Asset Pricing [7a : Macroeconomic factor model]

The ability of investors to manage a portfolio of assets that are less than perfectly correlated with one another – thus conferring diversification benefits to total investment risks for a given level of portfolio return –  is consistent with the focus of modern financial theory in seeking out pervasive (systematic) influences as the likely source of priced undiversifiable risk. The general conclusion of theory is that capital markets should only award investors with an additional return component if they are exposed to a set of risk factors whose influence on total risk cannot be mitigated by holding a diversified set of assets. On balance, the stridency with which financial theories expound their conclusions is only matched by their relative timidity in terms of identifying the exogenous influences,the economic state variables that underlie comovements of asset prices. The objective of this post is to apply a simplified version of the Chen,Roll&Ross (1986) methodology (effectively a Fama MacBeth procedure) to a random sample of 25 stocks on the SP500 index. The authors begin by identifying macroeconomic variables that should systematically affect stock returns and proceed to test whether surprises (innovations) in these factors represent risks that are rewarded by the market.

To ascertain whether the identified economic state variables are related to the underlying factors that explain asset pricing,a version of the Fama-MacBeth methodology shall be employed.

[The model and its data]

The macroeconomic factor model is specified as follows :

rgwith independent variables on the right hand side being factor surprises or innovations defined according to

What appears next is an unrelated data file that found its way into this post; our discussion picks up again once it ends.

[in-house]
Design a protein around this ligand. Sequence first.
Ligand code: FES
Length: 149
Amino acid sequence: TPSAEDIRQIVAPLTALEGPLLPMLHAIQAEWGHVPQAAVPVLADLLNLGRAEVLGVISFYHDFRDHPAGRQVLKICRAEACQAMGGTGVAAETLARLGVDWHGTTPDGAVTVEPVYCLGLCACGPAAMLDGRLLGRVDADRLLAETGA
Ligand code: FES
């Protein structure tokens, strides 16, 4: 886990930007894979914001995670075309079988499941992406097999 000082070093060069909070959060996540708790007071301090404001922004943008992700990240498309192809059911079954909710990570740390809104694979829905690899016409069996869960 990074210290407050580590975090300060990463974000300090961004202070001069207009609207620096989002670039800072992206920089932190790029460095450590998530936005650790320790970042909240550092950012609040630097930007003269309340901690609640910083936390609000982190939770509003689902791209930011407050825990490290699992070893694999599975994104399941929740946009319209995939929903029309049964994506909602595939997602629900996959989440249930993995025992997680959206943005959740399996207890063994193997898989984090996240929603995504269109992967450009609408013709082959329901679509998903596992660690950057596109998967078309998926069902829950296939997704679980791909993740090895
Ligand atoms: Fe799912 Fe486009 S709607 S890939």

and f being macroeconomic variables of interest. According to the original authors, the following economic variables should systematically affect stock returns : [1] Spread between long/short rates , [2] Change in expected Inflation , [3] Unexpected Inflation , [4] Industrial Production , [5] Spread between high and low grade bonds.

While I have neither access to databases that contain these datasets nor patience to scrape individual variables separately from the web (if that is even possible), I do have access to Google and the requisite patience to find entire data sets (usually) provided by university professors on their course websites. This time it is from Hong Kong of all places. I have summarised the variable names used throughout the code for convenience :


In terms of test assets used on the left hand side, i simply took a random sample of 25 stocks from the SP500 index and compute their returns. I have previously saved price/return data for stocks on the SP500 in an RData file,hence I shall simply take my sample from there instead of downloading new data.

[Estimation procedure – Fama/MacBeth]

[1] Time series regression of stock returns on unanticipated changes in macroeconomic variables to yield asset exposures to risk factors.


[2] In each month, a cross section regression of stock returns on previously estimated asset exposures to a time series of risk premia and pricing errors.


[3] Take mean of these time series and test for significance.


[4] Joint Test




The above procedure can be replicated for rolling windows as well, in which case 5 years worth of data are used in the initial time series regression and the cross section regressions are applied to each of the 12 months in the subsequent year before the window of fixed size is rolled forward and the process repeated. As with all posts on this blog, these are mere experiments, very likely erroneous in some way and not meant for replication.


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